Eumorpha satellitia satellitia
Updated as per CATE Sphingidae (Texas, Mexico, Belize, Costa Rica, Jamaica, Venezuela, Ecuador, Peru, Brazil); April 28, 2011
Updated as per personal communication with Pia Oberg (Urruca Lodge, Jorupe NP, Loja, Ecuador, February 17, 2011); December 1, 2011

Eumorpha satellitia satellitia
(Linnaeus, 1771) Sphinx

Eumorpha satellitia satellitia male, Jamaica, courtesy of Vernon A. Brou.

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Superfamily: Sphingoidea, Dyar, 1902
Family: Sphingidae, Latreille, 1802
Subfamily: Macroglossinae, Harris, 1839
Tribe: Philampelini, Burmeister
Genus: Eumorpha, Hubner, [1807]
Species: satellitia satellitia, (Linnaeus, 1771)


copyright C. Odenkirk
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The Satellite Sphinx Moth, Eumorpha satellitia satellitia (wingspan 114-134 mm, females larger than males), flies in
Jamaica and
from Mexico;
Belize: Cayo;
Guatemala: Izabal (JM); to
Ecuador: Loja (PO);
further south into Bolivia;
Brazil; and
Uruguay at the subspecies level. I supect it flies through the rest of Central America and probably also in Colombia. Mike Quinn provides this larval image from extreme southern Texas.

Eumorpha satellitia licaon, October 24, 2005,
Hidalgo County, Texas, courtesy of Mike Quinn.

Subspecies posticatus flies in Cuba: Guantanamo; and the Bahamas; subspecies excessus flies in Brazil. I am not sure of the range allocations for the nominate subspecies and subspecies licaon: Ecuador: Imbabura: Paramba; French Guiana: Kaw.

CATE: "A conspicuous spot behind the eye. Tegulae with large, brown, lateral patches. Abdomen upperside with a series of indistinct patches along the midline, each tapering anteriorly, not forming a single distinct line (as in Eumorpha satellitia posticatus).

"Forewing upperside largely brown, dusted with paler scales, the pattern not as vivid as Eumorpha satellitia posticatus; posterior margin medially with a distinct, dark brown rhombiform patch (rather than triangular as in Eumorpha satellitia posticatus), the area between it and the wing base slightly darker than the ground colour; a further, triangular dark patch on the posterior margin at the tornus; a less distinct subapical triangular patch on the costa; a double black discal spot present; CuA1 conspicuously paler than the ground colour.

"Hindwing upperside basally buff, inner margin same colour (not pink as in Eumorpha analis and Eumorpha satellitia posticatus); a series of dark brown or black submarginal black spots near the tornus between CuA1 and 1A, but not continued towards costa as a distinct line (as in Eumorpha satellitia posticatus), so that inner edge of marginal band is diffuse.

"Male: A pinkish tone all over."

For Eumorpha satellitia licaon CATE indicates, "Somewhat variable in ground colour but generally greyer than Eumorpha satellitia satellitia and never as green as Eumorpha pandorus. Hindwing upperside inner margin marked with a few red scales."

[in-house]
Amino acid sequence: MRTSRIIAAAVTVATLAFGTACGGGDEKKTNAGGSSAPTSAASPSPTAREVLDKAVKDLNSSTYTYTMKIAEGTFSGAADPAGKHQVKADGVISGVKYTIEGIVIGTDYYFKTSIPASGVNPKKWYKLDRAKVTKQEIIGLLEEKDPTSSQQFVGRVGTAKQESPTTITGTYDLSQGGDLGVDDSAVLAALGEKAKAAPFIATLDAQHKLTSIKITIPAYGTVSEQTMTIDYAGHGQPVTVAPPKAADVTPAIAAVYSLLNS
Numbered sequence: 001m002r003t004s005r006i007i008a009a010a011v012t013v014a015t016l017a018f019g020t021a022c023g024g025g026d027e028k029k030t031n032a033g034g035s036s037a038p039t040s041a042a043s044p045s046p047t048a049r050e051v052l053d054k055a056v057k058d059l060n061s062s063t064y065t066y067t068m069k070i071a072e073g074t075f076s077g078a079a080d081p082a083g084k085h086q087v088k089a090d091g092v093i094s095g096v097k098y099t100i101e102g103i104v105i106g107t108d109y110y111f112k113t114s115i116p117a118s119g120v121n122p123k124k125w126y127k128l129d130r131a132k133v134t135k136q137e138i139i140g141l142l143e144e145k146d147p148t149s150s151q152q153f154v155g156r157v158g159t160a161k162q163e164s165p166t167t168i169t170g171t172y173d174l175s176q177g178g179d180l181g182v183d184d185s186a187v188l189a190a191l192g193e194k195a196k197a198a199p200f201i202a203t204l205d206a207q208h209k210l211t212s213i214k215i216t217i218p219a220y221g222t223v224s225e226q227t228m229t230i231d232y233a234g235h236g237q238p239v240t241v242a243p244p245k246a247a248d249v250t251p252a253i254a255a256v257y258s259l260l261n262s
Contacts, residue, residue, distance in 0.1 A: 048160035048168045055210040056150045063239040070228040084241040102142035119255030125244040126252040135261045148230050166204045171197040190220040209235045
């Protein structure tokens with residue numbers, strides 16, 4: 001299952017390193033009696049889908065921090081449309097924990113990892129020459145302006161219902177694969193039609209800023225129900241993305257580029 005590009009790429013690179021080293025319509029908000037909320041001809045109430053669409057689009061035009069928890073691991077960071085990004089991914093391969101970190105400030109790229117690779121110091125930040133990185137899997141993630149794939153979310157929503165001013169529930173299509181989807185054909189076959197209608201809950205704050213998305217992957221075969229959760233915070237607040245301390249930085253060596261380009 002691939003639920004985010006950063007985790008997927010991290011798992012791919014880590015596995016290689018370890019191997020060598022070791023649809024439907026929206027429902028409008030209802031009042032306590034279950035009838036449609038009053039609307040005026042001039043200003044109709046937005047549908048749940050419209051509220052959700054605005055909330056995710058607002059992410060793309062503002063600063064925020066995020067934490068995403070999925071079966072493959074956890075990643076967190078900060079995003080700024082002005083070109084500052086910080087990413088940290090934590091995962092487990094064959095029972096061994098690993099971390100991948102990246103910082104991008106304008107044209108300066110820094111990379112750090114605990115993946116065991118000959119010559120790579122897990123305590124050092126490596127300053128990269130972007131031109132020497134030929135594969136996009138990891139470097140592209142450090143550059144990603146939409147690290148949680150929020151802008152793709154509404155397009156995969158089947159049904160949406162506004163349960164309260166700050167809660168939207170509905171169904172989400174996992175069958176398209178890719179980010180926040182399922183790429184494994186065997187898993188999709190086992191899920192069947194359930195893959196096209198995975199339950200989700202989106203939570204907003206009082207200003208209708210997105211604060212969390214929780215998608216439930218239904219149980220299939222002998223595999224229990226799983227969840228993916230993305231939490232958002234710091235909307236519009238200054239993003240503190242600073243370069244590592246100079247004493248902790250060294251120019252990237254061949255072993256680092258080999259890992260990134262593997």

Eumorpha satellitia, Urruca Lodge, Jorupe National Park, Loja, Ecuador,
February 17, 2011, courtesy of Pia Oberg.


Eumorpha satellitia satellitia adults are on the wing from April to August and then again in October. Pia Oberg reports a February flight in Loja Province, Ecuador.

Eumorpha satellitia satellitia larvae feed upon Cissus pseudosicyoides and Cissus rhombifolia. Adults feed from flowers including petunia (Petunia hybrida), bouncing bet (Saponaria officinalis), and white campion (Lychnis alba).


Pupae wiggle to surface just prior to eclosion. Females call at night, and males (below) fly into the wind to pick up and track the pheromone plume.

Eumorpha satellitia satellitia in typical resting pose.

Image courtesy of James Adams.


Females lay translucent green eggs singly on leaves of the host plant. This egg is about to hatch.

The anal "horn" is visible through the shell.

This image and the following images (courtesy of Dan Janzen) represent specimens from Costa Rica, and may well be subspecies of nominate satellitia.

Larvae get quite large and consume copious amounts of foliage. Missing leaves and droppings on the ground, are quick clues that one of the Eumorpha species is on a vine. Parasites take a high toll.

When disturbed, the larva quickly retracts the head and thorax.

White stripes are elongate and smooth, not irregular as in achemon or more circular as in pandorus.

Pupation is underground and pupal stage usually lasts five-six weeks before eclosion. The pupa is long and slender with a long cremaster.

Larval Food Plants

Listed below are primary food plant(s) and alternate food plants. It is hoped that this alphabetical listing followed by the common name of the foodplant will prove useful. The list is not exhaustive. Experimenting with closely related foodplants is worthwhile.

Cissus pseudosicyoides.......
Cissus rhombifolia.......

Grape and Oak Leaf Ivy

Eumorpha satellitia, Jalpan, Queretaro, Mexico, July 21, 2007, courtesy of Jim Conrad.

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